Published at http://gtrebaol.free.fr/doc/catia/spur_gear.html Created by Gildas Trébaol on June 10, 2005. Part design rebuilt on October 31, 2005. Tutorial rewritten on April 9, 2007. Zipped part: spur_gear.zip (100 KB). Zipped demo: spur_gears.zip (800 KB). VRML gear: spur_gear.wrl (330 KB). The powerful CAD system Catia version 5 has no built-in tool for designing gears. When you are making a realistic design, you may need a template spur gear.

Since the geometry of a spur gear is controlled by a few parameters, we can design a generic gear controlled by the following parameters:

• • •

The pressure angle a. The modulus m. The number of teeth Z.

This tutorial shows how to make a basic gear that you can freely re-use in your assemblies.

1. Gears theory and standards

**1.1 Sources, credits and links
**

• • • • • •

Most of my tutorial is based on a nice tutorial on helical gears in English at http://ggajic.sbb.co.yu/pub/catia/. I improved it a little for making an exactly symmetric tooth. The mathematic description of the involute curve is visually explained in French at http://serge.mehl.free.fr/courbes/developC.html. The formulas of the involute curve can also be found in French at http://www.mathcurve.com/courbes2d/developpantedecercle/developpantedecercle.shtml. The gear technology is explained in French at http://casm.insa-lyon.fr/engrenag/. The conventional formulas and their names in French come from the pocket catalog Engrenages H.P.C, June 1999 edition.

**1.2 Table of useful parameters and formulas
**

Here is a table containing the parameters and formulas used later in this tutorial:

• •

The table is given first so that you can use it for further copy/paste operations. All the units are defined in the metric system.

•

This figure shows the a, ra, rb, rf, rp parameters defined in the table:

# Parameter Type or unit 1 a 2 m 3 Z 4 p 5 e 6 ha angular degree millimeter integer millimeter millimeter millimeter

Formula 20deg — — m*π p/2 m

Description Name in French Pressure angle: technologic constant Angle de pression. (10deg ≤ a ≤ 20deg) Modulus. Module. Number of teeth (5 ≤ Z ≤ 200). Nombre de dents. Pas de la denture sur une Pitch of the teeth crémaillère génératrice on a straight generative rack. rectiligne. Circular tooth thickness, Epaisseur d'une dent measured on the pitch circle. mesurée sur le cercle primitif. Addendum = height of a tooth Saillie d'une dent. above the pitch circle.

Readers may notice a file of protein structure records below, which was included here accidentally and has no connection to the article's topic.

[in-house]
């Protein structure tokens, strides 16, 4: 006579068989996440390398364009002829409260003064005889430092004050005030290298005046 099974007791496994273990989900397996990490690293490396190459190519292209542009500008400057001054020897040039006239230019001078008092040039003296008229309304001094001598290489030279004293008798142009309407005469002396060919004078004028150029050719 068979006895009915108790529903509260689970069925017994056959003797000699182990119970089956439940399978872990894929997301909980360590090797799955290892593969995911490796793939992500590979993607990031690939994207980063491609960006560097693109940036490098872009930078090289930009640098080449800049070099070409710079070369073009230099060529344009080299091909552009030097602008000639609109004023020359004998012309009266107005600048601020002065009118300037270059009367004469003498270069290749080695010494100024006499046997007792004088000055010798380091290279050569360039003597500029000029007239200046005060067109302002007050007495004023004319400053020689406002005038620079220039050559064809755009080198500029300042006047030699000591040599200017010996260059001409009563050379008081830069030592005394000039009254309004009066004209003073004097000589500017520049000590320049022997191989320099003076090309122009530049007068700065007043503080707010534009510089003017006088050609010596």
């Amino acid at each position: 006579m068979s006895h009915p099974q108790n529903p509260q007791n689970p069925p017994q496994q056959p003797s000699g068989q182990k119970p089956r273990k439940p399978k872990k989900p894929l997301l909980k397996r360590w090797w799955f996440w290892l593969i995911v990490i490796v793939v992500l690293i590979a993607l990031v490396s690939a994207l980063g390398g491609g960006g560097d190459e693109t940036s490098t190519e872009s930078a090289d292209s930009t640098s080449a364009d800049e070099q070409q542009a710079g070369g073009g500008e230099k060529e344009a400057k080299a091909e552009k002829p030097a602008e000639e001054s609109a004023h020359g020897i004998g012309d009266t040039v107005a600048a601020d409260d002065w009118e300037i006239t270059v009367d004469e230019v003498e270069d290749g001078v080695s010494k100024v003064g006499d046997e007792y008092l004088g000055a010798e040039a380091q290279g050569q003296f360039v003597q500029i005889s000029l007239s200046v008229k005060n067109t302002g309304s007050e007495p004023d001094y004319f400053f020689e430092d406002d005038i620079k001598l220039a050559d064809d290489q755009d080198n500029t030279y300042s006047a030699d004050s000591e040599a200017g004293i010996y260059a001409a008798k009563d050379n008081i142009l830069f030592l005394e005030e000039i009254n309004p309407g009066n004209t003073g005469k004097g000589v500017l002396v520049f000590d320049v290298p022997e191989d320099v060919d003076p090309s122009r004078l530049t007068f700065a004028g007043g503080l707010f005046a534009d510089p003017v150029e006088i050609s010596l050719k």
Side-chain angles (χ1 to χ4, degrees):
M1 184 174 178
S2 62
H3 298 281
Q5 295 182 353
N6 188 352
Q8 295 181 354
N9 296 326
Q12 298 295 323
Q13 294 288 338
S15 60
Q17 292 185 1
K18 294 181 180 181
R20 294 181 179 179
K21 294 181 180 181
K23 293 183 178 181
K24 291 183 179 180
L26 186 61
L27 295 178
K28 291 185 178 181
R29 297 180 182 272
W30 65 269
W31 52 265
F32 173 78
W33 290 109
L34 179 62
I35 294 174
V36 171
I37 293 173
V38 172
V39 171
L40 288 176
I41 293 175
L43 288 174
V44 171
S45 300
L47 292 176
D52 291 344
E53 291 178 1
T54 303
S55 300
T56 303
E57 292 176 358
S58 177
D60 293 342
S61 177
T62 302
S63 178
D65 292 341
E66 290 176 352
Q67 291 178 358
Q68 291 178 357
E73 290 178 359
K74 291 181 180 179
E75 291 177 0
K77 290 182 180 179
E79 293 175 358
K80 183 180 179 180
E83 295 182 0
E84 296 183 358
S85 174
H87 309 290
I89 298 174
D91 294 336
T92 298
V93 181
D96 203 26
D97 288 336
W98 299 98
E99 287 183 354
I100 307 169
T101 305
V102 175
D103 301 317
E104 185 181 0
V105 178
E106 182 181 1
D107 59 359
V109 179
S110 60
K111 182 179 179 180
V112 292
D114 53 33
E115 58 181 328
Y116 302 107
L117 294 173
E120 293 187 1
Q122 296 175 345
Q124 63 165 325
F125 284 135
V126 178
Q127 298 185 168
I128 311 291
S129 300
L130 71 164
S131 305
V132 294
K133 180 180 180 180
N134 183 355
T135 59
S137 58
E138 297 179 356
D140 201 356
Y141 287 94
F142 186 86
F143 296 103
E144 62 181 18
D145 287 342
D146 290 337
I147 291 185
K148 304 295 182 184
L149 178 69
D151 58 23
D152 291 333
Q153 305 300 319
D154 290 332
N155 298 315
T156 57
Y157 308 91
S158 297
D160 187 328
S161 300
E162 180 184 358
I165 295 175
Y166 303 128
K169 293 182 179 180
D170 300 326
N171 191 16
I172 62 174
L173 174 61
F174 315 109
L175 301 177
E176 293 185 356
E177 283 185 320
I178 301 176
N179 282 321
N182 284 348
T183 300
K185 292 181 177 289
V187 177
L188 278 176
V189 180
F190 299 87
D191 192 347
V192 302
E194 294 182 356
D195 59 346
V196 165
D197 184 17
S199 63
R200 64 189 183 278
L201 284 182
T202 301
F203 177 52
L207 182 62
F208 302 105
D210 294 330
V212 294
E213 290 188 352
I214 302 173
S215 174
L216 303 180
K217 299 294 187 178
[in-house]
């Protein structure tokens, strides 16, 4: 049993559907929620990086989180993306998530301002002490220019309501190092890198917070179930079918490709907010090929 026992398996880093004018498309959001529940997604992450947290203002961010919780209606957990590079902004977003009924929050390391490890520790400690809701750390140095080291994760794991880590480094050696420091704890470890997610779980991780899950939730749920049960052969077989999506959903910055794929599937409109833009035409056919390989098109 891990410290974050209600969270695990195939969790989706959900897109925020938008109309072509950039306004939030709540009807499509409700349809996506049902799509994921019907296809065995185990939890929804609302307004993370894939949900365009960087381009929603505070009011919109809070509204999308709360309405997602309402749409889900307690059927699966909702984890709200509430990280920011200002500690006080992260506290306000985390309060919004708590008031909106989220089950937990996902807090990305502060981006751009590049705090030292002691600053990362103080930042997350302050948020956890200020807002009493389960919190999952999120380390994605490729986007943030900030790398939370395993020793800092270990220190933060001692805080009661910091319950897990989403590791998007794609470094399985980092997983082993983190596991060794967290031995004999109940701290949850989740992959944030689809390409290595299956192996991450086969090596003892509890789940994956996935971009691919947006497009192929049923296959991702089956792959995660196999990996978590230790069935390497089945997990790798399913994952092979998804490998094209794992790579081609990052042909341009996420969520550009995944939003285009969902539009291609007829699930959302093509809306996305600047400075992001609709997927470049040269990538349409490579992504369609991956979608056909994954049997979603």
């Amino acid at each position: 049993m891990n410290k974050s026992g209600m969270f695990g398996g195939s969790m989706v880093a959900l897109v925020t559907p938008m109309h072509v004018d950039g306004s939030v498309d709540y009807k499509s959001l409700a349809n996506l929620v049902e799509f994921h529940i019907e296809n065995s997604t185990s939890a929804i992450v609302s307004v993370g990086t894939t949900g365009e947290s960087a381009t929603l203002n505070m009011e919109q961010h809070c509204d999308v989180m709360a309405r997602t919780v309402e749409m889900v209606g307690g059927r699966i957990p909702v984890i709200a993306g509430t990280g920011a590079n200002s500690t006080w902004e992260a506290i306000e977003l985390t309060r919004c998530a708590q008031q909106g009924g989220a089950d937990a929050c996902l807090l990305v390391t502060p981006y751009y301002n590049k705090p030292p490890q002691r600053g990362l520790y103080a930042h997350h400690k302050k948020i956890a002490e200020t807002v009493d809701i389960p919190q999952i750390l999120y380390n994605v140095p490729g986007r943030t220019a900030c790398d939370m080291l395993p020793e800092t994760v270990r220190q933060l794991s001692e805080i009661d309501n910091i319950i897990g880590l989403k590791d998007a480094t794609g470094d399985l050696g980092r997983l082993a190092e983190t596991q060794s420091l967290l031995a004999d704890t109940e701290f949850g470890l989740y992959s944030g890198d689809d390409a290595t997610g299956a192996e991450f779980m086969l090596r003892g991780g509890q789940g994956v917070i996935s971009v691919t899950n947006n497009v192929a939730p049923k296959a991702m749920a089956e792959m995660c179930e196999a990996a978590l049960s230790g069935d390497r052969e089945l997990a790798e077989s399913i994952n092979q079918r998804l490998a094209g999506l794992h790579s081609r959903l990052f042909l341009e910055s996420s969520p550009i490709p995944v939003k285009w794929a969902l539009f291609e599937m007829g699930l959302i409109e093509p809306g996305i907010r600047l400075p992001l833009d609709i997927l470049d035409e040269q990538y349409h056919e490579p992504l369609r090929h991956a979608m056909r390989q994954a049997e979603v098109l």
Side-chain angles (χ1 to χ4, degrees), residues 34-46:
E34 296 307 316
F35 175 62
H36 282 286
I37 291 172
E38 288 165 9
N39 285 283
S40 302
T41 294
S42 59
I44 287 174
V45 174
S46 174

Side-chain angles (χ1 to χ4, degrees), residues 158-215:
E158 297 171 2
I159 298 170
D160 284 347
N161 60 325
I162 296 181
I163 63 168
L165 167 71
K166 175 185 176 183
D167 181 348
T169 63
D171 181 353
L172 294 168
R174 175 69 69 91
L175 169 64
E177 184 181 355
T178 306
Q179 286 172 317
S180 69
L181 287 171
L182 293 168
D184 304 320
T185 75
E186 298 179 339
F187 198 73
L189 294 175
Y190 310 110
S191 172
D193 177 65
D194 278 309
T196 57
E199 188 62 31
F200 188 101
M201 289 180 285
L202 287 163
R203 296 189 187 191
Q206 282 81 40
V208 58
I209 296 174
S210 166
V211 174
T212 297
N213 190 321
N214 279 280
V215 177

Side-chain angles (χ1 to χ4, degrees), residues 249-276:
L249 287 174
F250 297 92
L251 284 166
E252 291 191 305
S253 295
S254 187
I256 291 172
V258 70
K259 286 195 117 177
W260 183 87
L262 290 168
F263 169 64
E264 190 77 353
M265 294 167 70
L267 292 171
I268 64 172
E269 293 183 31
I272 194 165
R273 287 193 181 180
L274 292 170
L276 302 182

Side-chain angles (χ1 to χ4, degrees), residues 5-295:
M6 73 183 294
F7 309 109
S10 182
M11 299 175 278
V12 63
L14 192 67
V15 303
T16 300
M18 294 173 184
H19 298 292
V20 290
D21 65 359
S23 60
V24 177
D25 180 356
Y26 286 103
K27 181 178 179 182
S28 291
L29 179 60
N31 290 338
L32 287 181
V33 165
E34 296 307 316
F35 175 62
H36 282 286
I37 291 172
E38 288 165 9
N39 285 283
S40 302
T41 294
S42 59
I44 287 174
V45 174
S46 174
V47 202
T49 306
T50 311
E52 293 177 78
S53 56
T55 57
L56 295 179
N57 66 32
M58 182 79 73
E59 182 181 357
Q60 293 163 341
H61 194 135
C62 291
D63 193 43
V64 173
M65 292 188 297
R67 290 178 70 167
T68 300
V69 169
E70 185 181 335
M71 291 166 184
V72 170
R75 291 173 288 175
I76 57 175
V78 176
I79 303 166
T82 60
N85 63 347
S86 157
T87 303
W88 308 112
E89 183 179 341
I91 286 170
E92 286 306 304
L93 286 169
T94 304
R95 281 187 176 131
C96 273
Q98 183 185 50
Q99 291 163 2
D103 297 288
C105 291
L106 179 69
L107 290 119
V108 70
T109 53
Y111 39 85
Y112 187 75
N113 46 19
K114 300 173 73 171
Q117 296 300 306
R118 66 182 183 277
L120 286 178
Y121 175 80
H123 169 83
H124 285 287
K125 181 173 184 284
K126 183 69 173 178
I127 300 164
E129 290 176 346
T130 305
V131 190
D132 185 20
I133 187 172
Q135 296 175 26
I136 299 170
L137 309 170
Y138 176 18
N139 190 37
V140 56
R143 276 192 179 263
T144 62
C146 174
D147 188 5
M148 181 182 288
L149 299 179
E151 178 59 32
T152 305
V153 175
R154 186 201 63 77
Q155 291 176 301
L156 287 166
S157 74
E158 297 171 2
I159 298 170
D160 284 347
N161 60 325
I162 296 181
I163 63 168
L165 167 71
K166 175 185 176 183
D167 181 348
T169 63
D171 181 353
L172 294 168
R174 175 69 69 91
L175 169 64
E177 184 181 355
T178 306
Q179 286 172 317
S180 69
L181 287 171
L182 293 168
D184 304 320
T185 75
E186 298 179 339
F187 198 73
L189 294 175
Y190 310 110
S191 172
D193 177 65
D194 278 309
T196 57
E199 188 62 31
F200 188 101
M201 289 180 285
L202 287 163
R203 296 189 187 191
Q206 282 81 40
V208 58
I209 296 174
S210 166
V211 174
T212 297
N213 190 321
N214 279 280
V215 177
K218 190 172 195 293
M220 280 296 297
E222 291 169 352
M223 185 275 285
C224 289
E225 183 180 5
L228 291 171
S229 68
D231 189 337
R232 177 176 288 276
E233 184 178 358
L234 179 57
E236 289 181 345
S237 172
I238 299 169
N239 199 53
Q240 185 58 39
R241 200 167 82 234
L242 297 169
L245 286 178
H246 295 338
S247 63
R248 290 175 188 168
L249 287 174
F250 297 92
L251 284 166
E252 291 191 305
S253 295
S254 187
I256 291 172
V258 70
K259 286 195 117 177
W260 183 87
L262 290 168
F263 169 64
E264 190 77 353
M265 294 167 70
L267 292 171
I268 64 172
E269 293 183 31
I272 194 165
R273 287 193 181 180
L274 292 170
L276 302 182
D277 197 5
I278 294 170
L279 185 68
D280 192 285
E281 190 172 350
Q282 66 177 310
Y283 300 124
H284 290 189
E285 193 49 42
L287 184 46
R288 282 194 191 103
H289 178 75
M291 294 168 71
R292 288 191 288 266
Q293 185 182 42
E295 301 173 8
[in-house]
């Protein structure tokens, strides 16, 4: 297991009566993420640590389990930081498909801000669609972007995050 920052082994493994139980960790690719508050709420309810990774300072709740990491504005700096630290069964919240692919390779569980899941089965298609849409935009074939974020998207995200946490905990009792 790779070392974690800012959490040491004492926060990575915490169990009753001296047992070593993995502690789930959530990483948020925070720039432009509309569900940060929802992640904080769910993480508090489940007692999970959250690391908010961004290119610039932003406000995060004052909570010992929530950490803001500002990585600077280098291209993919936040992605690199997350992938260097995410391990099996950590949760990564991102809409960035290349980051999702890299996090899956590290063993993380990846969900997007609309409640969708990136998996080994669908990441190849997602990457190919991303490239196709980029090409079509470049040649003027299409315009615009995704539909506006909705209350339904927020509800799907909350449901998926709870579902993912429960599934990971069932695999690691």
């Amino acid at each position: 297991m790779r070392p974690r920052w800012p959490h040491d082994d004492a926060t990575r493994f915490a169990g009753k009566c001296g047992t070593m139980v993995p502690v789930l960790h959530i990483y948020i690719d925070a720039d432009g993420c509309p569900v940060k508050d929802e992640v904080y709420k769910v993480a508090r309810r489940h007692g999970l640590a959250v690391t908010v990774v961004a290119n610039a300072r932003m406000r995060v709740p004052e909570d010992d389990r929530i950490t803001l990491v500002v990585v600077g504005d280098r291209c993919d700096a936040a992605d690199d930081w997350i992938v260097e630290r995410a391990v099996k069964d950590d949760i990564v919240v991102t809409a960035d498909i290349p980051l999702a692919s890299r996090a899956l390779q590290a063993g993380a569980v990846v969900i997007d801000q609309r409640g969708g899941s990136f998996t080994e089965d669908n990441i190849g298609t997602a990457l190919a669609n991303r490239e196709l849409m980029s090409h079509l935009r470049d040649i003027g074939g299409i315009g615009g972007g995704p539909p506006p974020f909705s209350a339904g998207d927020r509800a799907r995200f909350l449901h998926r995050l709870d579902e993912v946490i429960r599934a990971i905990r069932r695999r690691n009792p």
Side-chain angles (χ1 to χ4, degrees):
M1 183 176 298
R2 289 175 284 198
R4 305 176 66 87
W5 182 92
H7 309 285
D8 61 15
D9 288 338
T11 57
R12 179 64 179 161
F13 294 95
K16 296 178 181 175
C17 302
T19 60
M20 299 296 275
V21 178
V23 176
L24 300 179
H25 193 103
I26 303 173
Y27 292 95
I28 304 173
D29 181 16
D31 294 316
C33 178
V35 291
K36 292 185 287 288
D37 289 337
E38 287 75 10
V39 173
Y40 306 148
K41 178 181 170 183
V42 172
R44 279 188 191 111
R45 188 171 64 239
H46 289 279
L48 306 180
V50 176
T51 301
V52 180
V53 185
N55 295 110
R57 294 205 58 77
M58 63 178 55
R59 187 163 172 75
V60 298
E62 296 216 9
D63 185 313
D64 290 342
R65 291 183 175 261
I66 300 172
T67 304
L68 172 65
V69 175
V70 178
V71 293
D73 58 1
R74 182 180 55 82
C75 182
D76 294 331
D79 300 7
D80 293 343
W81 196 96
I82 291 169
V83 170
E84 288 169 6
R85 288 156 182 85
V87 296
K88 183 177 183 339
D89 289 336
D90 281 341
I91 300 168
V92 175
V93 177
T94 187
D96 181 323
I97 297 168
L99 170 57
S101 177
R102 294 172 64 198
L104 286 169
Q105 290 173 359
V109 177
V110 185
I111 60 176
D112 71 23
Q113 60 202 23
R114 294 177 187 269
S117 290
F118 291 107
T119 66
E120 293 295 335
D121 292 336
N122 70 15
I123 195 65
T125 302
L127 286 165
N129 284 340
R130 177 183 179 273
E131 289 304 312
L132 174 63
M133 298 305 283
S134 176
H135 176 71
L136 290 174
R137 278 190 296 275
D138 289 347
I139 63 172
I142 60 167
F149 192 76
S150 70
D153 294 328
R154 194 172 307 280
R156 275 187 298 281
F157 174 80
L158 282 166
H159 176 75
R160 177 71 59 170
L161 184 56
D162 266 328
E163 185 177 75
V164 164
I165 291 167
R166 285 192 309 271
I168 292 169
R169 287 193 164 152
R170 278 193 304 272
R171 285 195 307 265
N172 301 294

7 hf

millimeter

8 9 10 11

rp ra rf rb

millimeter millimeter millimeter millimeter millimeter floating point number millimeter millimeter millimeter

12 rc

Dedendum = depth of a tooth below if m > 1.25 Creux d'une dent. Plus grand the pitch circle. Proportionnally hf = m * 1.25 en proportion pour un greater else hf = m * 1.4 petit module (≤ 1.25 mm). for a small modulus (≤ 1.25 mm). m*Z/2 Radius of the pitch circle. Rayon du cercle primitif. rp + ha Radius of the outer circle. Rayon du cercle de tête. rp - hf Radius of the root circle. Rayon du cercle de fond. rp * cos( a ) Radius of the base circle. Rayon du cercle de base. Radius of the root concave Congé de raccordement à la corner. racine m * 0.38 (m * 0.38) is a normative d'une dent. (m * 0.38) vient de formula. la norme. 0≤t≤1 Sweep parameter of the involute curve. Paramètre de balayage de la courbe en développante.

13 t 14 yd 15 zd 16 ro

Y coordinate rb * ( sin(t * π) of the involute tooth profile, cos(t * π) * t * π ) generated by the t parameter. rb * ( cos(t * π) + Z coordinate sin(t * π) * t * π ) of the involute tooth profile. Radius of the osculating circle of rb * a * π / 180deg the involute curve, on the pitch circle.

17 c

angular degree angular degree

18 phi

Coordonnée Y du profil de dent en développante de cercle, généré par le paramètre t. Coordonnée Z du profil de dent en développante de cercle. Rayon du cercle osculateur à la courbe en développante, sur le cercle primitif. Angle du point de la sqrt( 1 / cos( a )2 - Angle of the point of the développante à 1)/ involute l'intersection avec le cercle PI * 180deg that intersects the pitch circle. primitif Angle de rotation pour obtenir atan( yd(c) / zd(c) Rotation angle used for making un )+ a roue symétrique par rapport au 90deg / Z gear symetric to the ZX plane plan ZX

**1.3 Notes about the formulas (in French)
**

Formule N°11: explication de l'équation rb = rp * cos( a ):

• • • •

La crémaillère de taillage est tangente au cercle primitif. Au point de contact, a définit l'angle de pression de la ligne d'action. La ligne d'action est tangente au cerce de base. On a donc un triangle rectangle à résoudre.

Formule N°12:

•

Entre le cercle de pied et les flancs des dents, prévoir un petit congé de raccordement pour atténuer l'usure en fatigue.

**Formules N°14 et N°15: explication de zd = rb * cos( t ) + rb * t * sin( t ):
**

• • • •

La développante est tracée sur le plan YZ, qui correspond à la vue de face dans Catia. Le premier terme rb * cos( t ) correspond à une rotation suivant le cercle de base. Le second terme rb * t * sin( t ) correspond au déroulement de la développante. Cette expression rappelle que le rayon de coubure de la développante vaut rb * t.